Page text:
This is a book for people who want to use FreeBSD as a server -- for mail, web services, DNS, etc. It's not a book for those who want to use FreeBSD as a desktop machine. FreeBSD makes a perfectly good desktop OS, but Absolute BSD includes very little information about setting up X or installing and using desktop applications. If you want to try out FreeBSD as an alternative to your Linux desktop, look elsewhere. But if you want to build a server, and learn an awful lot of incredibly useful bits about basic systems administration tasks (much of which is applicable to any other *nix system, including Linux), then I haven't found a better book for this purpose.
I bought this book because I liked Lucas's more recent book, Absolute OpenBSD, so much, and he covers FreeBSD at least as well, if not better. His writing style is humorous and very readable while still conveying a lot of technical information, and you not only learn what you need to type on the command line to accomplish a particular task, but also how a SysAdmin thinks.
Being more familiar with Linux, only somewhat familiar with BSD in general, I have gone from chapter to chapter and this book has guided me through installing FreeBSD both from CDs and over the network, upgrading it, and recompiling a more optimized kernel (which turns out to be a fairly painless process, if you follow the instructions in this book, for those of you who believe, as I did, that recompiling kernels is a big hassle, messing with the guts of your machine and likely to kill it if you make one stupid mistake). He explains every configuration file, how to set up (or turn off!) services, how to make your machine secure, how to make it useful, how to install and upgrade new packages, and how to provide web, mail, and DNS services, and his instructions are very clear and makes it much easier to understand WHY you need to do certain things as well as what you should do. Someone who has never performed any of these tasks before should have no trouble doing so by following the instructions in this book, and afterwards you should know enough that with a little exploration you'd be able to do the same on another OS.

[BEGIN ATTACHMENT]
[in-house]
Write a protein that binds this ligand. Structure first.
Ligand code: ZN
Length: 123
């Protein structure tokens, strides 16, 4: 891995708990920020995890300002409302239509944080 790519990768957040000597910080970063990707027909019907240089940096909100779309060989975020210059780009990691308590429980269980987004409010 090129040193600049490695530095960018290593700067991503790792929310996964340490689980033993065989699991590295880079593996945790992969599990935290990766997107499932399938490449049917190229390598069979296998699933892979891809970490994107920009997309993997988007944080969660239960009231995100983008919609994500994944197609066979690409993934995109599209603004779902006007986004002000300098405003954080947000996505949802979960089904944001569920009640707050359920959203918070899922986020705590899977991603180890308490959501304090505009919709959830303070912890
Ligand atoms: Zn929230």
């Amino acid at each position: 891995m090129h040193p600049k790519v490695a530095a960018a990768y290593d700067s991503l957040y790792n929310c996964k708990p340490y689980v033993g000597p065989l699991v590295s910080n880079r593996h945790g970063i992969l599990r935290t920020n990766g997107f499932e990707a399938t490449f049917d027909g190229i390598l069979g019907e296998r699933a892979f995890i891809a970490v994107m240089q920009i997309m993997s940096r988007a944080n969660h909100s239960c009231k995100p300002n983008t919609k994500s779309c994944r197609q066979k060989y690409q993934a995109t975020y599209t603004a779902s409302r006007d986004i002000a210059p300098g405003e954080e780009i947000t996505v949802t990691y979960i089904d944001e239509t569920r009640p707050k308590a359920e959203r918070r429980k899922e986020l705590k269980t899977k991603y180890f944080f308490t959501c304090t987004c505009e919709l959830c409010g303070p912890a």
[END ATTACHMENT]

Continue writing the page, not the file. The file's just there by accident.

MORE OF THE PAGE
As the author says at the beginning, this book is actually meant to be read from start to finish, rather than being flipped through as a reference guide. What you learn in each chapter builds on the one before. Thus, this book might be somewhat less useful to experienced SysAdmins who just need to know BSD-specific information -- while the information is comprehensive enough to make it a good reference guide, there is probably a lot of extra space devoted to material that experienced SysAdmins already know. However, if you're a novice SysAdmin or just want to learn how to run your own server at home or a small one at work, I think Absolute BSD does a credible job of turning absolute novices into competent junior-level SysAdmins. So this is really a book about systems administration, not just FreeBSD, though the material is all aimed at running FreeBSD systems.
For its intended audience (novice or junior-level systems administrators or people who just want a web server) and scope (using FreeBSD as a server), this is an excellent book. There are other FreeBSD books out there, or more generic books about Systems Administration, with a wider scope, which might be more useful for other purposes. But I would still absolutely recommend including this book on your shelf if you are going to perform admin duties on any system (especially *nix systems), or use FreeBSD for any purpose.